Simon Harbord

Man working figures and charts on two screens and a laptop

Economic Crime (Anti-Money Laundering) Levy

With all that is going on at the moment, its quite likely that you are not aware that the Government has introduced the Economic Crime (Anti-Money Laundering) Levy. This previously mooted levy, by way of the Finance Act 2022, achieved Royal Assent on 24th February.

What is the Economic Crime (Anti-Money Laundering) Levy?

The Government has stated:

‘The Economic Crime (Anti-Money Laundering) Levy (‘the levy’) is part of the government’s wider objective, outlined in the 2019 Economic Crime Plan (ECP), to develop a long-term Sustainable Resourcing Model (SRM) to tackle economic crime’

The levy aims to raise £100 million a year from the AML regulated community to help fund new and improved AML capabilities. The NCA for example has been struggling to cope with all the reports it receives. Extra funding aims to address such problems.The first levy year is almost upon us, as it will run from April 2022 to March 2023, with relevant levy payments first being collected in April 2023 (i.e., payment in arrears). It will not be collected by all AML supervisors with only the Financial Conduct Authority, HMRC and the Gambling Commission being tasked with these duties. For the legal sector (and Accountants too) the HMRC will collect it. When you next plan your budgets, don’t forget to take into account the fact that as of April 2023, you may well be paying this levy in addition to all of your other overheads:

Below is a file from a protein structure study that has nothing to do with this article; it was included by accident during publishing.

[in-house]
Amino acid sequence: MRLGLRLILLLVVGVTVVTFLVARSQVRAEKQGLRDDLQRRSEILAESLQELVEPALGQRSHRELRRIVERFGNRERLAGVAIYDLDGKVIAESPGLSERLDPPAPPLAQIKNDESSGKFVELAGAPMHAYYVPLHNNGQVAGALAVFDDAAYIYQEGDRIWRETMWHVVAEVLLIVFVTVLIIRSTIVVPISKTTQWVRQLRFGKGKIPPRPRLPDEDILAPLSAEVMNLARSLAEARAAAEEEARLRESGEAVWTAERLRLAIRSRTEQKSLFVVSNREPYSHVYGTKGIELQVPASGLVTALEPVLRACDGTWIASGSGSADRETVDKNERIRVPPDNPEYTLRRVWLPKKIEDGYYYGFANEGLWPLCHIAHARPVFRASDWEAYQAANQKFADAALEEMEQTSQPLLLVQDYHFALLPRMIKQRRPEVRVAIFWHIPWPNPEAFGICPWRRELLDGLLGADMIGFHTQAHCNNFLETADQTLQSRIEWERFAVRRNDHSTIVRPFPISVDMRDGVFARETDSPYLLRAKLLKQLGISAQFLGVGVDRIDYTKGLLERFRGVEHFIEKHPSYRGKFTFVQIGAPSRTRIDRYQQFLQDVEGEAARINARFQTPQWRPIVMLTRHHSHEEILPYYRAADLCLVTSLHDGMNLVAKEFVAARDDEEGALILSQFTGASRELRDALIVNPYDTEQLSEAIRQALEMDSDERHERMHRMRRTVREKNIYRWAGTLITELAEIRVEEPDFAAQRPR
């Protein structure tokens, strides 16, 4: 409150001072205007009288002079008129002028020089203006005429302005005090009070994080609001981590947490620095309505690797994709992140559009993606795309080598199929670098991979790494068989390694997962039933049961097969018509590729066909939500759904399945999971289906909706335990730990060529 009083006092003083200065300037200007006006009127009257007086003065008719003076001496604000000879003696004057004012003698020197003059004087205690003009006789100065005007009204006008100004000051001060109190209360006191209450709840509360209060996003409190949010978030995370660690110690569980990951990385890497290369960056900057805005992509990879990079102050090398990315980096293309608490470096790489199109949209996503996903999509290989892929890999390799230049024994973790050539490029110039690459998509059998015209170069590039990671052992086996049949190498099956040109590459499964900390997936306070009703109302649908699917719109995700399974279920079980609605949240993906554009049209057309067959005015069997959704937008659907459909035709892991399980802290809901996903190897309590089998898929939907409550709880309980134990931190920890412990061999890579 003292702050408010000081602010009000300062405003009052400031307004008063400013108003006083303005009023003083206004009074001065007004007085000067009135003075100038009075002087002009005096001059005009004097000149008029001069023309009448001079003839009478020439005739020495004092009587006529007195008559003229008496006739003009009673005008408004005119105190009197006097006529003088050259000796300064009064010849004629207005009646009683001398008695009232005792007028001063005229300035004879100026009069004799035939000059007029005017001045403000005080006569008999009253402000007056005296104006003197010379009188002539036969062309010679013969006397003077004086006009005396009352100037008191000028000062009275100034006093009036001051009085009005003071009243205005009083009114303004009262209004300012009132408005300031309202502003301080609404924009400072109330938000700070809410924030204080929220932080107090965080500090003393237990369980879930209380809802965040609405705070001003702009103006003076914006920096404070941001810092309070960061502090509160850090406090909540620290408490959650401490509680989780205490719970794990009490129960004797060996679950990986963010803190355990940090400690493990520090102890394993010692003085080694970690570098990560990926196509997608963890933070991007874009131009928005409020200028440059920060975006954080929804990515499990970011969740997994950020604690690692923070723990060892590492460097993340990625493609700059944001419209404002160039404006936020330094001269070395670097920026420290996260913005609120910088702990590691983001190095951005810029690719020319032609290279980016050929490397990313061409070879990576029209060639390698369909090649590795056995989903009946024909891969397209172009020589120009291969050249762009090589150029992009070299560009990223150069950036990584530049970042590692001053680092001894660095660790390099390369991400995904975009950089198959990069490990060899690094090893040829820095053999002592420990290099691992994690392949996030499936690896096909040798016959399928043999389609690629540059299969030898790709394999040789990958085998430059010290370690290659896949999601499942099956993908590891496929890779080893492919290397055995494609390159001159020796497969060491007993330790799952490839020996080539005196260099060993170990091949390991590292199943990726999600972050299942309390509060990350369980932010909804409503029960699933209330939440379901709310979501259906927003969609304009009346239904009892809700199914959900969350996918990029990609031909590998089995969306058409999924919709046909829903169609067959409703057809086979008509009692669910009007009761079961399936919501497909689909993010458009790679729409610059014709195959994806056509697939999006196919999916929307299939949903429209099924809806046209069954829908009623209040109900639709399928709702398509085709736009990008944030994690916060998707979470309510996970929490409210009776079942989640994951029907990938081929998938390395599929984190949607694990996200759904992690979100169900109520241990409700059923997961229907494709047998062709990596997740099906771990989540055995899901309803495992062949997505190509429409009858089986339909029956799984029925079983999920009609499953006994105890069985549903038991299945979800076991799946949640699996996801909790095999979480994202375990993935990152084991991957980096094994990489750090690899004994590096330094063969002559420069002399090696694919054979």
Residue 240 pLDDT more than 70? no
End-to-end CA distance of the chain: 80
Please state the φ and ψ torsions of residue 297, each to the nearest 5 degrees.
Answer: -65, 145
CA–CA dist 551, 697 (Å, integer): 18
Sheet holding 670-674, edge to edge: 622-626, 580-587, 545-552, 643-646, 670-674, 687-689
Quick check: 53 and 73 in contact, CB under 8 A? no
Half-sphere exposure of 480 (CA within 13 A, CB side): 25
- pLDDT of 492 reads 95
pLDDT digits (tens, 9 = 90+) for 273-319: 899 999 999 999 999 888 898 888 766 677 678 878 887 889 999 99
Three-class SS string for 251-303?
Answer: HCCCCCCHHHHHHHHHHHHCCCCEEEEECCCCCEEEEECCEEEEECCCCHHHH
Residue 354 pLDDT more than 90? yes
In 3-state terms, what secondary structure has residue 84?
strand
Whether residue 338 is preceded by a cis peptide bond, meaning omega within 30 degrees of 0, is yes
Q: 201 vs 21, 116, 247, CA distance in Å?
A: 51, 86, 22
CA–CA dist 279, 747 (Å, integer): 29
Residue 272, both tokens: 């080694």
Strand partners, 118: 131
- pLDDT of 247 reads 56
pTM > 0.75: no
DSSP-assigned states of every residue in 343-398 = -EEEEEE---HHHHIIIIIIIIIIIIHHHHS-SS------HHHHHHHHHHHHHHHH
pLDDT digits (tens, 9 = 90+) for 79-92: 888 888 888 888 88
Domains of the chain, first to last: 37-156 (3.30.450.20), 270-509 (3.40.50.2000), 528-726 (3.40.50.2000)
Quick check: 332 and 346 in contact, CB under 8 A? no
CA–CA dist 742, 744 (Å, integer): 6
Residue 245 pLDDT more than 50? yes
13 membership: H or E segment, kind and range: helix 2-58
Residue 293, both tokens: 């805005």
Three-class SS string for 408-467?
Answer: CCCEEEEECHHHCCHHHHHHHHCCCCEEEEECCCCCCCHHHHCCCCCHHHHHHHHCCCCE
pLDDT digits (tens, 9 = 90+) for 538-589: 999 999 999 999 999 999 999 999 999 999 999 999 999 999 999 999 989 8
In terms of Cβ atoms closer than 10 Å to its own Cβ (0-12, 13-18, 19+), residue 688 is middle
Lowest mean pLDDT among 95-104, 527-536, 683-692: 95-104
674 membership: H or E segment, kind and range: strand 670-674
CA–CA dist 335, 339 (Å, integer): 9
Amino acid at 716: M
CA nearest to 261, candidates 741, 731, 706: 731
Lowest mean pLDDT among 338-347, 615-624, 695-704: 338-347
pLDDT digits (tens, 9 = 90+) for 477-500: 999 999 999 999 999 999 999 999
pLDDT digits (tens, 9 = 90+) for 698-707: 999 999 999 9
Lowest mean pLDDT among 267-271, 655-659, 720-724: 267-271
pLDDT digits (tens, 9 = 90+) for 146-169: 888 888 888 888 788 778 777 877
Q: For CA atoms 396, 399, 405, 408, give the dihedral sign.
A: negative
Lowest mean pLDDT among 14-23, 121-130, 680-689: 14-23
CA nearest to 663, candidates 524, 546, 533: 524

• the levy is to be charged on a fixed fee system, based upon your UK revenue
  • it will be paid by medium, large, and very large AML-regulated entities
  • small entities (those with UK revenue below £10.2 million) will fortunately be exempt.

An entity is classified as:

  • medium if its UK revenue for the relevant accounting period is more than £10.2 million but not more than £36 million
  • large if its UK revenue for the relevant accounting period is more than £36 million but not more than £1 billion
  • very large if its UK revenue for the relevant accounting period is more than £1 billion.

The levy is to be charged as follows:

  • medium entities will pay £10,000
  • large entities £36,000
  • very large entities £250,000.